EGU2020-7860
https://doi.org/10.5194/egusphere-egu2020-7860
EGU General Assembly 2020
© Author(s) 2020. This work is distributed under
the Creative Commons Attribution 4.0 License.

Numerical simulation of the July 2010 meteotsunami on the coast of Portugal: Implications for meteotsunami hazard in the NE Atlantic

Jihwan Kim and Rachid Omira
Jihwan Kim and Rachid Omira
  • IPMA, Lisbon, Portugal (jihwan.kim@ipma.pt)

In the NE Atlantic Ocean, the tsunami hazard is mainly associated to large earthquakes occurring along the Azores-Gibraltar plate boundary, to submarine landslides, or even to the flank collapses in the volcanic Islands. The hazard posed by meteotsunami remains less understood in the region. Yet, the Atlantic coasts of Portugal, Spain and France have experienced at least two meteotsunamis on July 2010 and June 2011. On July 6th and 7th 2010, uncommon sea waves were observed along the coast of Portugal. The Portuguese tide-gauge network recorded the sea-level signals showing tsunami-like waves of heights varying from 0.14 to 0.6 m (crest-to-trough) and of periods in the range of 30 to 60 min. Analysis of both oceanic and atmospheric data
revealed the occurrence of a meteotsunami on the night of July 6th that propagated from Lagos, south, up to Viana de Castelo, north. Here, we present the first investigation of the 2010 meteotsunami that struck the coast of Portugal. We use the atmospheric pressure data to force the sea surface and numerically generate the 2010 meteotsunami. We then simulate the 2010 meteotsunami propagation over high resolution bathymetric models using a validated NLSW code. The comparison of the simulated waveforms with the records shows satisfactory agreement of wave heights and periods in most stations. Taking the 2010 event as a reference of meteotsunamis along the Portuguese coast, we provide an insight on the meteotsunami hazard posed by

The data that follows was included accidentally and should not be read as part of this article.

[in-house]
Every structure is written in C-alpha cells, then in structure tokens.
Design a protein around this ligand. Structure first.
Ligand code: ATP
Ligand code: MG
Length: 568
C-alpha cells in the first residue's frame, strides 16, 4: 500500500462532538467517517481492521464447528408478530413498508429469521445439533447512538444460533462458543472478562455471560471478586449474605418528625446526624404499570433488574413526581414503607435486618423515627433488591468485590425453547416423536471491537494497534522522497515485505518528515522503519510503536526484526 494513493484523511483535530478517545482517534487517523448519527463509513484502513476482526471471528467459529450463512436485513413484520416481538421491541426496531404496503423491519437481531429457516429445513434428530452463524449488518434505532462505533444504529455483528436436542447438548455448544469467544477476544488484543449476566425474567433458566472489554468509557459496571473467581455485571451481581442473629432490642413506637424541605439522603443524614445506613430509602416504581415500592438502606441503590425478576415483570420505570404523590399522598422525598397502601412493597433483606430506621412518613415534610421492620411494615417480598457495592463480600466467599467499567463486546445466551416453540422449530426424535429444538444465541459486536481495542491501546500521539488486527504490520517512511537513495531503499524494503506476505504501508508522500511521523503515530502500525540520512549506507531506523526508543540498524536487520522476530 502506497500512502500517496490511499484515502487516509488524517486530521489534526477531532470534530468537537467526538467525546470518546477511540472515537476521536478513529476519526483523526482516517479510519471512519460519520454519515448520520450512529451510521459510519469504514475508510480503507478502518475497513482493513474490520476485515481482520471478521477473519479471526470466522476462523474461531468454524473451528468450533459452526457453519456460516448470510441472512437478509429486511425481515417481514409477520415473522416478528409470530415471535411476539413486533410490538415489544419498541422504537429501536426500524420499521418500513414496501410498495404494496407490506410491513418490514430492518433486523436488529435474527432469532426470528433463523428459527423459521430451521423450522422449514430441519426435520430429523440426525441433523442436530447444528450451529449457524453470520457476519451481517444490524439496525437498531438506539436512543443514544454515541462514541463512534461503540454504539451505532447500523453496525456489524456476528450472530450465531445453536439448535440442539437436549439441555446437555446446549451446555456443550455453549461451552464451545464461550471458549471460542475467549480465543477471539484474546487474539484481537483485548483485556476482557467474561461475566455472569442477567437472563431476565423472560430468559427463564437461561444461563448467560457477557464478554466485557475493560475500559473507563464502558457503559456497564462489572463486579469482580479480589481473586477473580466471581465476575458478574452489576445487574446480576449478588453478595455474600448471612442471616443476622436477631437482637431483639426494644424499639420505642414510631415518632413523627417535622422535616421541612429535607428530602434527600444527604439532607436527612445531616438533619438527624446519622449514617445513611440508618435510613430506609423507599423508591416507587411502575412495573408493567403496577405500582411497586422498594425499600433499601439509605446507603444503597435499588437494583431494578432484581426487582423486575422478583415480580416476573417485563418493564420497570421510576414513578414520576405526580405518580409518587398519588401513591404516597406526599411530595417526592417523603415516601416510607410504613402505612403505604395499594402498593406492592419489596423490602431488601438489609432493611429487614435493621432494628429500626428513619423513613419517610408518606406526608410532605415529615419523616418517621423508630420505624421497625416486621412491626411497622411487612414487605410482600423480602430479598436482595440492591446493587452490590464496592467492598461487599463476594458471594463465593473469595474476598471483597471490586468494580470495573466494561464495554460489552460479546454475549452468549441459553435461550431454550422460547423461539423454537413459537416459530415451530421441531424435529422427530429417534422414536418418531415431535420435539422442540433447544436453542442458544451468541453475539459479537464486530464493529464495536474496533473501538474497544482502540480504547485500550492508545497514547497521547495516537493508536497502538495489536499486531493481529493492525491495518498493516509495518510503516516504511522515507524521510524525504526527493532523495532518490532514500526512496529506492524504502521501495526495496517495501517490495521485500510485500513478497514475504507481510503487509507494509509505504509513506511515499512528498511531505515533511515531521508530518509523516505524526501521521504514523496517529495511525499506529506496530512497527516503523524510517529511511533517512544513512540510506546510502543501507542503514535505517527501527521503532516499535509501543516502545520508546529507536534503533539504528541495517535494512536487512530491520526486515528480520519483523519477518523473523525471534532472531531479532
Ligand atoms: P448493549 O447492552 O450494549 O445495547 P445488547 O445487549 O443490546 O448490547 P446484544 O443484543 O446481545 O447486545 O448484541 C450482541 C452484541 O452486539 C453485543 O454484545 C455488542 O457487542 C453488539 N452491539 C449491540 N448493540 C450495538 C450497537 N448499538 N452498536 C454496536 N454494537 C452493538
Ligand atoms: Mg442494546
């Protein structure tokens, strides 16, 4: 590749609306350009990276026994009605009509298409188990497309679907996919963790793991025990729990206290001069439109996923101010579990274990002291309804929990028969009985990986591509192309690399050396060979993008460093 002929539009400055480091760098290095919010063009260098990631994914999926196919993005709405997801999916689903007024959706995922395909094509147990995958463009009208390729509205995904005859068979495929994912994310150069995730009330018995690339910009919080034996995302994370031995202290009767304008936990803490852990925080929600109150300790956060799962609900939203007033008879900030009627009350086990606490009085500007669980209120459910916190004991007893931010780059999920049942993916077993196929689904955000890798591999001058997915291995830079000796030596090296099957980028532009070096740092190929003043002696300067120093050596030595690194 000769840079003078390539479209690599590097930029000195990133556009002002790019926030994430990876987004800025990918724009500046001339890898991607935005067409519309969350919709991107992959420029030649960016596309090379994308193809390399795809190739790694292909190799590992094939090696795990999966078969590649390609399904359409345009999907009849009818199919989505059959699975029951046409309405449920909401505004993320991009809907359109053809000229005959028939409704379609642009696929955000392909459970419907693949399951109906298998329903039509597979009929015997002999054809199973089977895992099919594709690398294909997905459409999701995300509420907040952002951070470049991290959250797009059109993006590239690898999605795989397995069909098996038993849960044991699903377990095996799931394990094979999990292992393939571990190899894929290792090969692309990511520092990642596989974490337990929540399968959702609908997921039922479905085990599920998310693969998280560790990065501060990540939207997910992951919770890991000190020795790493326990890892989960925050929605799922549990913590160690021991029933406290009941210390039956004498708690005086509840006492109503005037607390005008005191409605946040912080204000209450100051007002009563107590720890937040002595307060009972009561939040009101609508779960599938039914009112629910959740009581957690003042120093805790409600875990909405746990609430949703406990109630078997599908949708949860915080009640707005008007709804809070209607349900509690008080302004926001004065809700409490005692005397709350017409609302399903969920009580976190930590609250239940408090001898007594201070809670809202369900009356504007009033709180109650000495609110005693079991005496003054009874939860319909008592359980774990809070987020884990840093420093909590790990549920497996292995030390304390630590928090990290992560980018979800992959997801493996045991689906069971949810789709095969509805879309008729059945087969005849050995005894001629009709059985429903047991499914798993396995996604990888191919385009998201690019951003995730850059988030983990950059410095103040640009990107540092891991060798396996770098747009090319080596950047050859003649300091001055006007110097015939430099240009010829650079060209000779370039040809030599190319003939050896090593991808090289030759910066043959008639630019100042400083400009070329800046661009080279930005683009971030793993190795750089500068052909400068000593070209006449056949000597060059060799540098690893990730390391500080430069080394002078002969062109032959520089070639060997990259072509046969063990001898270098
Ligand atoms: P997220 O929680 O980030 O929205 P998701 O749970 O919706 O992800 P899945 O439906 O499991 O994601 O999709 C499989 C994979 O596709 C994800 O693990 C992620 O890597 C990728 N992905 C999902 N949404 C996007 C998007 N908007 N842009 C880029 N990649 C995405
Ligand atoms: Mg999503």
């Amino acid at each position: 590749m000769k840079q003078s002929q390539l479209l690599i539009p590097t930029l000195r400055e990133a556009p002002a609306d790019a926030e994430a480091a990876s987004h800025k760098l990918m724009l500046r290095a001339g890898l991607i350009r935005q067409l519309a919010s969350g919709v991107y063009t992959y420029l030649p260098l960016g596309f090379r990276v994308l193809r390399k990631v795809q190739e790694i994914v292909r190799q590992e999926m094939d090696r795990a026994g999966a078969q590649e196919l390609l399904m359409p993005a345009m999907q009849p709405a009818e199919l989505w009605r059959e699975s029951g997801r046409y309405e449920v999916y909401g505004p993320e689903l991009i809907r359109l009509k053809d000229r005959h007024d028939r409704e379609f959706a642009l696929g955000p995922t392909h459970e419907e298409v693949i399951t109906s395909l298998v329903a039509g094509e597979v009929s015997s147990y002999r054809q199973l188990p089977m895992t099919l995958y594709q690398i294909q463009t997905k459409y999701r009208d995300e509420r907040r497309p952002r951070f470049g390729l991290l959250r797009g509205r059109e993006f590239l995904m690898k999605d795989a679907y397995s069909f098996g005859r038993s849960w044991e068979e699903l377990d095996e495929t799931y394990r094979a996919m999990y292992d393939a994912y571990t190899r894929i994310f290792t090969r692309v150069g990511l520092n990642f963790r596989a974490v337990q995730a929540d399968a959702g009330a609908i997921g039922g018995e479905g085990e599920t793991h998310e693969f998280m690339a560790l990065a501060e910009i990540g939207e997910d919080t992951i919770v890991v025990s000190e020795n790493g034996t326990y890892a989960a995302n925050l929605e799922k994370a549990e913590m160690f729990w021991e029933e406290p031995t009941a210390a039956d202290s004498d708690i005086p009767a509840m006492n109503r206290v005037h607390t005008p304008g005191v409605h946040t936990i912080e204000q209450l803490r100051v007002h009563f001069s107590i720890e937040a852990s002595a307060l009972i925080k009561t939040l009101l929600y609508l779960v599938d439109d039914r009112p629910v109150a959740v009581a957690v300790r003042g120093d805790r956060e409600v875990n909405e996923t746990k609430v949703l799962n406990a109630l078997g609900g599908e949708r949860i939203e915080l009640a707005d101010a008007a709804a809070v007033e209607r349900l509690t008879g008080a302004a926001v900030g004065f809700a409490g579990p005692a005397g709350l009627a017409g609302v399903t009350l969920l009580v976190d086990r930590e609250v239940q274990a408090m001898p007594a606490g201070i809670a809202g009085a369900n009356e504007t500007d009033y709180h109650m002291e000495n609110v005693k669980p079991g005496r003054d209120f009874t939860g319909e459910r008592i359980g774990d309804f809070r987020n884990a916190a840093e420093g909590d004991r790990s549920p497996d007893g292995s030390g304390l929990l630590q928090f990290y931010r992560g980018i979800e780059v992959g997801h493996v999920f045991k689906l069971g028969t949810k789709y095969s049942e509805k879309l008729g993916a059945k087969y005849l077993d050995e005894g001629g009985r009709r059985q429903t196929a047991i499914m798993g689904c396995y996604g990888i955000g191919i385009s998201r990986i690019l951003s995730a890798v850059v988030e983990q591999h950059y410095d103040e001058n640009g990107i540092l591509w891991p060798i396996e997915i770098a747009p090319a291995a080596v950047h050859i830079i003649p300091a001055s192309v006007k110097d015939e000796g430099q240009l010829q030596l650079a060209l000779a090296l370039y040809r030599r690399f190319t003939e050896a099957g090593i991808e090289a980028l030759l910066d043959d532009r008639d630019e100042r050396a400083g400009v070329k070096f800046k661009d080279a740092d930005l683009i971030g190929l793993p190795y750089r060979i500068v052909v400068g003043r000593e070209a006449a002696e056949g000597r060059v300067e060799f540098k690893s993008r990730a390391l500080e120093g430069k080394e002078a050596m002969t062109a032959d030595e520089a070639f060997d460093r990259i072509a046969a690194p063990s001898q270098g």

events propagating from south to north of the country. This is done by considering a 2D Gaussian shape pressure disturbance that propagates along shelf under varying conditions of speed and incident angle. This allows identifying a number of “hot spots” on the coast of Portugal where the focus of meteotsunami energy is favorable. Our results suggest that meteotsunamis present a real threat on the highly occupied Portuguesecoast and therefore should be considered in tsunami hazard and forecasting strategies of the NE Atlantic countries. This work was supported by the FCT funded project FAST- Development of new forecast skills for meteotsunamis on the Iberian shelf (PTDC/CTA-MET/32004/2017).

How to cite: Kim, J. and Omira, R.: Numerical simulation of the July 2010 meteotsunami on the coast of Portugal: Implications for meteotsunami hazard in the NE Atlantic, EGU General Assembly 2020, Online, 4–8 May 2020, EGU2020-7860, https://doi.org/10.5194/egusphere-egu2020-7860, 2020

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